SC1.28Temporal and spatial uncertainties in climate data analysis
|Convener: Niklas Boers | Co-Conveners: Bedartha Goswami , Aljoscha Rheinwalt|
Tue, 10 Apr, 13:30–15:00
Uncertainties are present in virtually all observational (geoscientific) time series, stemming from different origins such as the measurement process itself, spatial aggregation, or the dating process as in paleoclimatic research. In particular for measurement uncertainties, a plethora of methods exists to quantify them and incorporate them into the actual analysis of the time series. Quite generally, time series uncertainties are treated by considering measurement outcomes as mean or median values in combination with a set of errors, thereby dividing the analysis into two steps: first, the analysis of the time series of mean (or median) values, and second, thereafter, the analysis of the errors. However, a complete assessment of how these uncertainties propagate to the final results of modern data analysis techniques is often highly non-trivial, and the described two-step approach is not suitable in many situations.
In this short course, we aim to put forward the idea of considering the temporal evolution of an observed system not as sequences of pointwise estimates like the mean, but as sequences of probability density functions that reflect the inherent uncertainties. Such probability density functions describe the system in much greater detail than simple point estimates.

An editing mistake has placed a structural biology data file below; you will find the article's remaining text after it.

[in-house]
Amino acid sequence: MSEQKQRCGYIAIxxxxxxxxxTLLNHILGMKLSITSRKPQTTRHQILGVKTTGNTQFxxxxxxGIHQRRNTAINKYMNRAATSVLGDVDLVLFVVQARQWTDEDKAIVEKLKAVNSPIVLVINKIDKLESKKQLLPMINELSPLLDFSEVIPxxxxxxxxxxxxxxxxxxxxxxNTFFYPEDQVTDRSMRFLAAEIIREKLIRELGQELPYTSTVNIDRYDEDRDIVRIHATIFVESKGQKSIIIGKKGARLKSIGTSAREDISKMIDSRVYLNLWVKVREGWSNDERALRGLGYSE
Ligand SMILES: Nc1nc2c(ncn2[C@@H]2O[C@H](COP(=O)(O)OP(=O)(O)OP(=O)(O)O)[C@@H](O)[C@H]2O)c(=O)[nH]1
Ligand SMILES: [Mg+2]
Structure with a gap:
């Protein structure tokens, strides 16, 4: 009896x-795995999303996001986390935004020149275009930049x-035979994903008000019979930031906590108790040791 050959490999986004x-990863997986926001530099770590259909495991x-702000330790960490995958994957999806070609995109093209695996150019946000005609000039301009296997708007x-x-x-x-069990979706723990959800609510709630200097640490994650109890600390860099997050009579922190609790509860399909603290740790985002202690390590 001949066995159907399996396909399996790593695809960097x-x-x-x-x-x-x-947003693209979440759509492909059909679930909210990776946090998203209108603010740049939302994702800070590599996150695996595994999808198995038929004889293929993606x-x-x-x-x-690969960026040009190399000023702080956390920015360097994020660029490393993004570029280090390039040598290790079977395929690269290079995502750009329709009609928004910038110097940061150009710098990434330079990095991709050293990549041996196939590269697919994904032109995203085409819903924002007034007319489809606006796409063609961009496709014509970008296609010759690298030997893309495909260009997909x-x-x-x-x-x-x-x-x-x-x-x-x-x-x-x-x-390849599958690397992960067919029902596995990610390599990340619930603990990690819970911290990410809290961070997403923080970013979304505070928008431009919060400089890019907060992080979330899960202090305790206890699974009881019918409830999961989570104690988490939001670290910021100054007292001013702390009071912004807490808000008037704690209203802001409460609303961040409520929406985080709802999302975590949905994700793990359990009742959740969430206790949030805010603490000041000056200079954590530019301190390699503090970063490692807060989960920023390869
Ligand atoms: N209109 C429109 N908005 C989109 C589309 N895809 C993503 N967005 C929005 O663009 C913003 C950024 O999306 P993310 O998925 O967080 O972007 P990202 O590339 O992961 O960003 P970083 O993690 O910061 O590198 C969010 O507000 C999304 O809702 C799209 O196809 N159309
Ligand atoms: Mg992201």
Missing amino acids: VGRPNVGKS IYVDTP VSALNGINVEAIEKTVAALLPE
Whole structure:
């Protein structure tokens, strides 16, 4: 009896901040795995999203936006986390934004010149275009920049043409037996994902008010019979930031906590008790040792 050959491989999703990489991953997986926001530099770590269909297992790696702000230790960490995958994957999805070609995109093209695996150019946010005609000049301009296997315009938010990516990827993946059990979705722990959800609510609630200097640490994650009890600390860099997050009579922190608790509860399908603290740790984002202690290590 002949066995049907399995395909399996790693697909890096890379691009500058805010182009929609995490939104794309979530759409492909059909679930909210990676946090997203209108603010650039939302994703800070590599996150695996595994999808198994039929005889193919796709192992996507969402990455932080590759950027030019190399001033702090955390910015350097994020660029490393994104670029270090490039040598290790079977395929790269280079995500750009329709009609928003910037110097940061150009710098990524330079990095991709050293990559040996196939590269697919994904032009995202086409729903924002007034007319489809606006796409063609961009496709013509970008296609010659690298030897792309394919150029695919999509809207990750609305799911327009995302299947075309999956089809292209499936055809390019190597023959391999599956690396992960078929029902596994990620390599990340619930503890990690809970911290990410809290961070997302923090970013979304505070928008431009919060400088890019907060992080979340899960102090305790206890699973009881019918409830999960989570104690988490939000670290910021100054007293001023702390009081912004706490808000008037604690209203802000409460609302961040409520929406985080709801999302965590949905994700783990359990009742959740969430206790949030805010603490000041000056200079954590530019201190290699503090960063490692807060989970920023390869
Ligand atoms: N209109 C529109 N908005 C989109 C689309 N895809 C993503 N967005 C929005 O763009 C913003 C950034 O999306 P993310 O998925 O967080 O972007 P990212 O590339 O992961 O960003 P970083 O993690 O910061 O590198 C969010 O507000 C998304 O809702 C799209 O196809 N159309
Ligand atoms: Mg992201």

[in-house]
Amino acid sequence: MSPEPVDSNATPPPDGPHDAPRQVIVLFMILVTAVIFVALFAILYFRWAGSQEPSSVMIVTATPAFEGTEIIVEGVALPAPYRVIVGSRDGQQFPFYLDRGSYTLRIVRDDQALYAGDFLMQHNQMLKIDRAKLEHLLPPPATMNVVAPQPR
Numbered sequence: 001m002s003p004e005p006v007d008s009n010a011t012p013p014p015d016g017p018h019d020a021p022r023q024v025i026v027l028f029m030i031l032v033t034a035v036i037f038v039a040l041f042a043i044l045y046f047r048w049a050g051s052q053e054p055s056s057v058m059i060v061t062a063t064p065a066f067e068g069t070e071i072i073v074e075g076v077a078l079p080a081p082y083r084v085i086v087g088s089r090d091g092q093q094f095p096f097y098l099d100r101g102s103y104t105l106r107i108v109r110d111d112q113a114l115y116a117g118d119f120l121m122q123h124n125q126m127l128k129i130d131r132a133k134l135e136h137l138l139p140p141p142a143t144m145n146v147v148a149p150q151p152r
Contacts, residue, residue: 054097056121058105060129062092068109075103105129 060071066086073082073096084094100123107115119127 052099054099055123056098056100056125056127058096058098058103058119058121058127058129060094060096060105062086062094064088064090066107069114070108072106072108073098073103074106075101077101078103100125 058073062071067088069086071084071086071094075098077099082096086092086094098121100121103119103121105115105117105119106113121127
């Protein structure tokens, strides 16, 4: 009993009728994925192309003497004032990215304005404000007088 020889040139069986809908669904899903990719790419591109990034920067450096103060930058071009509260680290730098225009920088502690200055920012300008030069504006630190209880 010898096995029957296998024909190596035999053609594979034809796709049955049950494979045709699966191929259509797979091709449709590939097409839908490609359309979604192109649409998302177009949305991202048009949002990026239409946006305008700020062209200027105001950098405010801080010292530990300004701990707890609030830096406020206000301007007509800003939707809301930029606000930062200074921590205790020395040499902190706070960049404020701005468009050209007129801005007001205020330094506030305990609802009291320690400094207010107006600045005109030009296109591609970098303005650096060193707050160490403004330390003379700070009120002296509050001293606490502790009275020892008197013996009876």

We will first briefly introduce the elements of probability theory and statistics that are relevant for an accurate description of uncertainties in time series analysis. Thereafter, we will walk the audience through some real-world examples, where we demonstrate the advantages of considering the temporal evolution of a system in terms of a sequence of probability density functions rather than as a sequence of points (and error bars). These examples will cover paleoclimatic applications, where the uncertainties mainly result from the dating processes, but also applications investigating the evolution of the El Nino Southern Oscillation, where the uncertainties stem from the spatial aggregation of the data. Furthermore, we will provide explicit examples of how to generalize traditional time series analysis methods to the analysis of probability density sequences. The final part of the course is planned as an open discussion, where we hope to learn about similar problems that people in the audience face in their research, and discuss further methodological developments needed for a more thorough treatment of uncertainties in geoscientific time series.
To register your interest in the course, simply send an email to: goswami(at)pik-potsdam(dot)de